Only ranking officials will benefit from gov't salary hike – congressman
MANILA, Philippines – Alliance of Concerned Teachers (ACT) Representative Antonio Tinio criticized the proposed increase in government workers' basic salary, saying it would benefit only high-ranking officials.
In a press conference where public school teachers joined him on Tuesday, November 10, Tinio said that House Bill 6268 or the Salary Standardization Law IV (SSL) for 2015 does not cover the need of "regular" government workers, which comprises 2/3 of the whole civil service workforce.
"Take the case of [entry-level] public school teachers. The full implementation of the proposed law calls for an increase of P2,205 in 4 years. This gives us an average of P550-increase per month in a year," Tinio argued in Filipino.
"When you divide it by the total number of working days, it only amounts to a P24 increase per day," he said.
He compared the 12% increase in a Teacher I's salary (Salary Grade 11) to the 233% increase in the President's basic pay. Under the proposed law, the highest salary grade (SG 33) will receive P388,000, up from the current P120,000. (READ: Aquino pushes bill to raise gov't workers' salaries)
He also noted that those in the middle management posts under SG 25 and up will see a minimum of 76% to 200% increase in their income.
"Napakasakit ng mga loob naming mga teachers. Matagal namin itong 'inintay. Isipin 'nyo na lang, P551 – P24 isang araw. Ni kalahating kilong bigas di kami makakabili," ACT Metro Manila Union head Joy Martinez said.
(We teachers feel terrible [about this salary increase]. We have been waiting for this for so long. Just think about it, P551. [That is] P24 in a day. It won't even afford us to buy a kilo of rice.)
Aside from teachers, Tinio said, police officers, soldiers, fire fighters and nurses are also expecting the lowest increase in their basic pay.
Addressing brain drain
HB 6268 proponent, Majority Floor Leader Representative Neptali Gonzales II, those receiving salary grades 11 to 21 – especially the teachers – already receive competitive wages compared to their counterparts in the private sector.
The higher percentage rise in the basic pay of higher-level positions aims to address the brain drain in government service, he said.
"The problem is the shortage of decision-makers, such as lawyers and engineers, in the public sector. There are no takers because their salaries are way behind those in the private sector," Gonzales explained in a mix of English and Filipino.
He noted that there are more than 192,000 unfilled positions in government that belong to salary grades 21 to 25.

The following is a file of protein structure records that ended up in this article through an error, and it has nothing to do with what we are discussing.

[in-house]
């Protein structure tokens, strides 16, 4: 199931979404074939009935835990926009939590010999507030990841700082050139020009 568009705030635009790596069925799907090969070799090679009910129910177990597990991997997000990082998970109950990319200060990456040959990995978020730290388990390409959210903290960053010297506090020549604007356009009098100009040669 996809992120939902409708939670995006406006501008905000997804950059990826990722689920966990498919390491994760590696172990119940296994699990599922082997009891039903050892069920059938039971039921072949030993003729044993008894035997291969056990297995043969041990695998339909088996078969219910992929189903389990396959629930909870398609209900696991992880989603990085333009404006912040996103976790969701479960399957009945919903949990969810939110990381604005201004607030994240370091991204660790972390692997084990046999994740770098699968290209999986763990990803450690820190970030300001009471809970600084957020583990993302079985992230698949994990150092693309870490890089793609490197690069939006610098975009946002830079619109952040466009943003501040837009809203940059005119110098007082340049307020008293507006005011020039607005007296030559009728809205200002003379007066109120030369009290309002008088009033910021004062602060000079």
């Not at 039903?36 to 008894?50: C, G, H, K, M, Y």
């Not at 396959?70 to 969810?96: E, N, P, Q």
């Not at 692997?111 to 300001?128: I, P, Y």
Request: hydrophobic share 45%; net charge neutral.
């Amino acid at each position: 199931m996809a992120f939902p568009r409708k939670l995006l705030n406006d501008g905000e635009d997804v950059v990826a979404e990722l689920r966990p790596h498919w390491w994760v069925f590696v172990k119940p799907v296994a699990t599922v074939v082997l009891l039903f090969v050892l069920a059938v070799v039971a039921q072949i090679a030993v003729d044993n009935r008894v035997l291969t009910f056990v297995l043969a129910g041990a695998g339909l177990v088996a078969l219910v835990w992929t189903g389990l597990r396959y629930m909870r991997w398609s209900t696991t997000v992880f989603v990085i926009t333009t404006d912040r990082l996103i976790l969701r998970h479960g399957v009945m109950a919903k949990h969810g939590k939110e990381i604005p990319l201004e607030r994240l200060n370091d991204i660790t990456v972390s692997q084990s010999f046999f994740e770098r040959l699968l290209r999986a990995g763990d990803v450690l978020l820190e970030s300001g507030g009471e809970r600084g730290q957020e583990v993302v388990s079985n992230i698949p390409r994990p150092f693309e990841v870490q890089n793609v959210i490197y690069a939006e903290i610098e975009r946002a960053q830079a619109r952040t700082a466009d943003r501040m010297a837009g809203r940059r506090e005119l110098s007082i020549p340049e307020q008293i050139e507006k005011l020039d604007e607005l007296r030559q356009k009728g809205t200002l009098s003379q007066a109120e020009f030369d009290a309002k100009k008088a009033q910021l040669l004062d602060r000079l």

Tax reform: Win-win situation
But the effect of the wage increase among government employees will be negated if the government would not approve of tax reform.
In a statement, Senator Juan Edgardo Angara said, "Higher salaries without tax reform means these government employees would go to higher tax brackets, pay more taxes, and take home less."
He also noted that while SSL IV would be good for 1.5 million public service workers, there are still 3 to 4 million employees in the private sector who need a higher take-home pay.
"Given the government’s sufficient fiscal space, the ideal or the win-win solution here would be to do both the salary increase and the first step of income tax reform which is to index taxes to inflation."
The senator recently filed a bill that seeks to adjust taxable income to inflation instead of completely lowering income tax. (READ: Angara files bill pegging income tax rates to inflation)
House Speaker Feliciano Belmonte Jr, who met with Senate President Franklin Drilon and President Benigno Aquino III to push for tax reform, echoes Angara's call.
Belmonte said they will make sure government employees would be able to have a higher net income despite the increase in their salaries.
He also expressed optimism that it is not yet too late for the President to decide on the tax issue.
"Both Frank Drilon and myself made strong feat for my proposal," Belmonte said providing limited details with their discussion with the President.
"We have made our point to the President. Di naman sinabi ng President na no (The President did not deny it)."
The House committee on appropriations is set to meet on Wednesday, November 11, to discuss SSL IV. Gonzales said it is possible that the bill will be passed on second and final reading then.
"If the appropriations committee will approve it and it will be received for the plenary session tomorrow – and if there will be a quorum in the afternoon plenary session – then don't be surprised it [may pass] 2nd and 3rd reading tomorrow." – Rappler.com